I recognize that abstinence is the most effective method of birth control and STD prevention. I?m definitely not in favor of everyone having sex. I?d just much rather be addressed with the facts so, if and when members of the student body decide to have sex, they?re informed. Abstinence-only education has been proven ineffective. West Virginia has the 9th highest teen pregnancy rate in the country. I want us to do better.

I still respect Mr. Aulenbacher and I wish him only the best. My concern here is the safety of the sexual atmosphere of George Washington High School. I condone abstinence, I think it?s the only way to be 100% safe, but not 100% of GW?s students will abstain. For that reason, our school should give them the tools to be safe.”

Read more about Katelyn Campbell’s story:

High Schooler Protests ?Slut-Shaming? Abstinence Assembly Despite Alleged Threats From Her Principal

GW student asks for injunction against principal over speaker

Flyer passed out to teachers at George Washington High School about the assembly:

Young Women Deserve Better: V-Girls Leader Audri Roybal on One Billion Rising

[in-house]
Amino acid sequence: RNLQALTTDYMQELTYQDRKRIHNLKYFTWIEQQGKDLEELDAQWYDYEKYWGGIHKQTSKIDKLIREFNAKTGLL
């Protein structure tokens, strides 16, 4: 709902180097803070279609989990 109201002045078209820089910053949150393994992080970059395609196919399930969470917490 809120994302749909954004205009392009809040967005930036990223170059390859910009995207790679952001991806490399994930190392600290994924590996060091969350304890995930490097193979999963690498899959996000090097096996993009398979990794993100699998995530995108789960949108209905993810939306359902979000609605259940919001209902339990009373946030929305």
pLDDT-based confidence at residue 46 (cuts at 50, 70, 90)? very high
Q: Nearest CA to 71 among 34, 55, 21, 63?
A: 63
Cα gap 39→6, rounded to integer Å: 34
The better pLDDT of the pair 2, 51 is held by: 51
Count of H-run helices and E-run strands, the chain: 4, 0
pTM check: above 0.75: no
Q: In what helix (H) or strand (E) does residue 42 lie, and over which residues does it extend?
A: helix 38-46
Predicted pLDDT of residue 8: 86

By Audri Roybal, V-Girls Action Team Member, One Billion Rising Santa Fe Organizer

For many reasons this event had a huge impact on my life and my community in Santa Fe, New Mexico. I remember when Cecile Lipworth, Managing Director of V-Day, came to me with the idea of ONE BILLION RISING. The statistic scared me, being 7 months pregnant with a baby girl, the 1 out of 3 women will be raped or beaten in their lifetime was a big shock. I realized before this was a problem but now it rang even louder in my head. Something had to be done for my daughter and her generation of young women. They deserve better.

One billion, initially I could not comprehend what exactly that even looked like. One Billion Women and the men that love them dancing, RISING, seemed impossible and at best a far-fetched idea. I wasn?t sure how it would all work, but it did. February 14 2013, our world shifted. Something changed and I can now see it, my mission is far clearer then what it was before.